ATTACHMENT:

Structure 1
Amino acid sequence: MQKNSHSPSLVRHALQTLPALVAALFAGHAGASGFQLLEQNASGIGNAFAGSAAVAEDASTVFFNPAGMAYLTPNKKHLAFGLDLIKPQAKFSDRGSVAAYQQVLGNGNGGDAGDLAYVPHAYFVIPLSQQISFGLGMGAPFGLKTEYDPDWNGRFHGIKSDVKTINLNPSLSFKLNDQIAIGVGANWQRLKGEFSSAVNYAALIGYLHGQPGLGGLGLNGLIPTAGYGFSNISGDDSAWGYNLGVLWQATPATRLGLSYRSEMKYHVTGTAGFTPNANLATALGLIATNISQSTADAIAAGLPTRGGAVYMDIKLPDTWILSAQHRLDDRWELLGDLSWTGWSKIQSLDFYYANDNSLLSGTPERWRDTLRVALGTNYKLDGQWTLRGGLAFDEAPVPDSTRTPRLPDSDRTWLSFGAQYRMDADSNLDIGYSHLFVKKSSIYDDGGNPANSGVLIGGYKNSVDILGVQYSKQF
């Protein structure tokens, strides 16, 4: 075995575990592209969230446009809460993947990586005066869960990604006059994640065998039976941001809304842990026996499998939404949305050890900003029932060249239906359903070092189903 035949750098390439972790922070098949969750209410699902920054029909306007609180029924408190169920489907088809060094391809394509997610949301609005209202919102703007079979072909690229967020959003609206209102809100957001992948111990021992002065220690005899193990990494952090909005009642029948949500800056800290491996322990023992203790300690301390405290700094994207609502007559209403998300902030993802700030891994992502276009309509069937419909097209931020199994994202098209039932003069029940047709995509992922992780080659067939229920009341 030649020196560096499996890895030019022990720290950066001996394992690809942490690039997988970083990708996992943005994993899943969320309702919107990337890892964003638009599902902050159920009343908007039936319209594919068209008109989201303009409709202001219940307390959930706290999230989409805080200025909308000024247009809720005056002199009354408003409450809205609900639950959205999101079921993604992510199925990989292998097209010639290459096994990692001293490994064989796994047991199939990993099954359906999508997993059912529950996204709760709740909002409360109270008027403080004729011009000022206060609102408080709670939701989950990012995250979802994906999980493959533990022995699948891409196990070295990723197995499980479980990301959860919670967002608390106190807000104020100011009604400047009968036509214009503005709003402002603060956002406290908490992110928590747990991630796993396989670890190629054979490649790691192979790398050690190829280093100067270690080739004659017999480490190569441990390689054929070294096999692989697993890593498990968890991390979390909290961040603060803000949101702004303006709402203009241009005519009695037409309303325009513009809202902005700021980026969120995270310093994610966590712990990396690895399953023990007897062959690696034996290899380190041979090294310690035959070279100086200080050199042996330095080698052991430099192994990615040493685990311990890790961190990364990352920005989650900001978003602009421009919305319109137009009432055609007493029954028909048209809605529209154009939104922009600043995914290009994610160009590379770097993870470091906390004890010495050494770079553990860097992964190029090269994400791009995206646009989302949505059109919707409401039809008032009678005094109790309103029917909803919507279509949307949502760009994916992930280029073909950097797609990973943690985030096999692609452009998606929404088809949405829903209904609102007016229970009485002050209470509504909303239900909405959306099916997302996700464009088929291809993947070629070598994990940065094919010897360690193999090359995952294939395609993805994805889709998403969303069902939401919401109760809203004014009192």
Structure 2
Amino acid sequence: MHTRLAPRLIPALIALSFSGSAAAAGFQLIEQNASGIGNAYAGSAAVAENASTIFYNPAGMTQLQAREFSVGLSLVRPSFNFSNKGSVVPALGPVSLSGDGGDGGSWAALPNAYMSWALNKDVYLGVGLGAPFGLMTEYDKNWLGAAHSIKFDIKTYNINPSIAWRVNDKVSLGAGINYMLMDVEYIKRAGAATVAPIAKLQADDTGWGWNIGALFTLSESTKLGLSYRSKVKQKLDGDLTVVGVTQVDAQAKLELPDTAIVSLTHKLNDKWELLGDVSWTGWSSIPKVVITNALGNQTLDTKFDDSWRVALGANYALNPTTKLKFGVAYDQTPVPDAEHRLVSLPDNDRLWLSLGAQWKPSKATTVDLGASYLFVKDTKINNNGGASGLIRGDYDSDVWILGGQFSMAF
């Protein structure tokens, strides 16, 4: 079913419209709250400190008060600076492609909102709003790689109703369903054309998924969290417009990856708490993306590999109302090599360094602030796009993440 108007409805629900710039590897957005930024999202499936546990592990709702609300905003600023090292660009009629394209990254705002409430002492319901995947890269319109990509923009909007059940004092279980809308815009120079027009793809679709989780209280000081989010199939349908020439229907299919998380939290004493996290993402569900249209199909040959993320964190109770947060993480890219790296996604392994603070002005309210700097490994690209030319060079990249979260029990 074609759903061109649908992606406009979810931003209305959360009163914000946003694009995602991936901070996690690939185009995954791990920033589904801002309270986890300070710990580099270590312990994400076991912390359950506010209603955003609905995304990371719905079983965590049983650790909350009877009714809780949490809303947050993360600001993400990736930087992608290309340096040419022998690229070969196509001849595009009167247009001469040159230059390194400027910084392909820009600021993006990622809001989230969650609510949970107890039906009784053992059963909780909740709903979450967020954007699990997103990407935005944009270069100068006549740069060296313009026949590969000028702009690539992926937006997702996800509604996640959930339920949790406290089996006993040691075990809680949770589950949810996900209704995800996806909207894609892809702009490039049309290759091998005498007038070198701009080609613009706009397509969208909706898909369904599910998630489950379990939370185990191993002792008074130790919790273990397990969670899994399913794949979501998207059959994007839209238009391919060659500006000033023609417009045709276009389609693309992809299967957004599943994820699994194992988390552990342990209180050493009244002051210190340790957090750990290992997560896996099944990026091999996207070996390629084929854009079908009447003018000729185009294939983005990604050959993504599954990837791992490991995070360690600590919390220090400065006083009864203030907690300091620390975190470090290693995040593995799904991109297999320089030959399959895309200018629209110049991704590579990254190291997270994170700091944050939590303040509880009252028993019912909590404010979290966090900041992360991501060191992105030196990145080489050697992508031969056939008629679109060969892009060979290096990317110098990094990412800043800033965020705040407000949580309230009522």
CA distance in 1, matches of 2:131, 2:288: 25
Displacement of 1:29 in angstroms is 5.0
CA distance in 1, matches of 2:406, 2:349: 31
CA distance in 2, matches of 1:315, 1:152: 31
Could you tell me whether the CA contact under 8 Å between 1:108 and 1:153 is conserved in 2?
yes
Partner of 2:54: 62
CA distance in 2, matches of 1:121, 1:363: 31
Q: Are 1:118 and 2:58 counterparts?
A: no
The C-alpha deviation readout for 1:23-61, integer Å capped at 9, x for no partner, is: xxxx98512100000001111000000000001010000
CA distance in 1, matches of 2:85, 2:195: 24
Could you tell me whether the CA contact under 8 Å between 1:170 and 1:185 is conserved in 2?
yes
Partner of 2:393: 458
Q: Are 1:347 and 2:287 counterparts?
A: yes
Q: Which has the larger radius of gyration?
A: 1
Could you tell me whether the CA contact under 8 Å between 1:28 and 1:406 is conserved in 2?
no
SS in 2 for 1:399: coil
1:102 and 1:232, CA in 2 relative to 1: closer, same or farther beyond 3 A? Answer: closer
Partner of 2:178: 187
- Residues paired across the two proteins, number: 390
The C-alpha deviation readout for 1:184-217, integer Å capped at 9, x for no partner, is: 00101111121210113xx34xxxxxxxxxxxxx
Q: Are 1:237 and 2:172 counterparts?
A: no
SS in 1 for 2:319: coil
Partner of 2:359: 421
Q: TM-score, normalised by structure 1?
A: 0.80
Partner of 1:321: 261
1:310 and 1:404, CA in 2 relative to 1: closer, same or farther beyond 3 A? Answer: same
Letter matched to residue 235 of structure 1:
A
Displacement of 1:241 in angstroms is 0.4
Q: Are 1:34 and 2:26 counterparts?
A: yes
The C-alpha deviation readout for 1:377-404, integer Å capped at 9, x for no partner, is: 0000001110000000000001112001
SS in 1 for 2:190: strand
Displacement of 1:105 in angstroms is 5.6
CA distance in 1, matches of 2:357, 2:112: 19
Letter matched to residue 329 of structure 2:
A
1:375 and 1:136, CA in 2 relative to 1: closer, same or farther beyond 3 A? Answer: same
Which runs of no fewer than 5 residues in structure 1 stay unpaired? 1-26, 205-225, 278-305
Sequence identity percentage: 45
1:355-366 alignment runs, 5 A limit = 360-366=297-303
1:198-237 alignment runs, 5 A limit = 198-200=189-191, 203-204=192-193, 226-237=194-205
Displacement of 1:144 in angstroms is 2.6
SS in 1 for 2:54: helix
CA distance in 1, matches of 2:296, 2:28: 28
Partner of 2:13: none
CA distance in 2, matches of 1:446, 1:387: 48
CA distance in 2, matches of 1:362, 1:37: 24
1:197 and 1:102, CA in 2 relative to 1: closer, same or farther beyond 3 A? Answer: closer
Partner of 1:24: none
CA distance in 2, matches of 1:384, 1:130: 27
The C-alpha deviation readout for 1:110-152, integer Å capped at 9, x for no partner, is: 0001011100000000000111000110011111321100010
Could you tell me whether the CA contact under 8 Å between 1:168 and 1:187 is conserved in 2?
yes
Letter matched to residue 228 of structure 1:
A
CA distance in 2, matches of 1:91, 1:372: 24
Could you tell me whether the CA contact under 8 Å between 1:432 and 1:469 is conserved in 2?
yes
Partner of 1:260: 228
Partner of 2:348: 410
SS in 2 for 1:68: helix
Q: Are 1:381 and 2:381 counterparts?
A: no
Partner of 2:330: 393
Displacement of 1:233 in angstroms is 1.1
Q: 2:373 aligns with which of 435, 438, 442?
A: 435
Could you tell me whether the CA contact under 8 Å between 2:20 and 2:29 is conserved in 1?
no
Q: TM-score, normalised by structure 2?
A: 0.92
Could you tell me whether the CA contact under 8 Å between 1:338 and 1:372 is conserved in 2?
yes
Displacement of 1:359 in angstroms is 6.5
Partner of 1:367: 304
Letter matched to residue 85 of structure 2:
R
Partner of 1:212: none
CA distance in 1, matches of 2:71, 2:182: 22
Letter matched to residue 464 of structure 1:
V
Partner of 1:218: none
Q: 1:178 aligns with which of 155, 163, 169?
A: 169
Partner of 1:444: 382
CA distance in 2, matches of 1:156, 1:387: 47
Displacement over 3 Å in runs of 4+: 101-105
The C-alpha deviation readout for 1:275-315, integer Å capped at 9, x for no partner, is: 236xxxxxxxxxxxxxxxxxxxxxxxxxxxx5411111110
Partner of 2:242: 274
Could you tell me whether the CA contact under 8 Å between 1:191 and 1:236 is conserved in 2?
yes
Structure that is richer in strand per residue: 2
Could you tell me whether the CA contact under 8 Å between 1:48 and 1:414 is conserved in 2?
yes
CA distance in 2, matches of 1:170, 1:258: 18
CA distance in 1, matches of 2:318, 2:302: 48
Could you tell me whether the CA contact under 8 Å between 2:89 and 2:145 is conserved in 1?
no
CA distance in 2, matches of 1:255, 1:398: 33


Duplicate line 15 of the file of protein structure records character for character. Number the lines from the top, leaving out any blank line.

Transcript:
Q: Are 1:118 and 2:58 counterparts?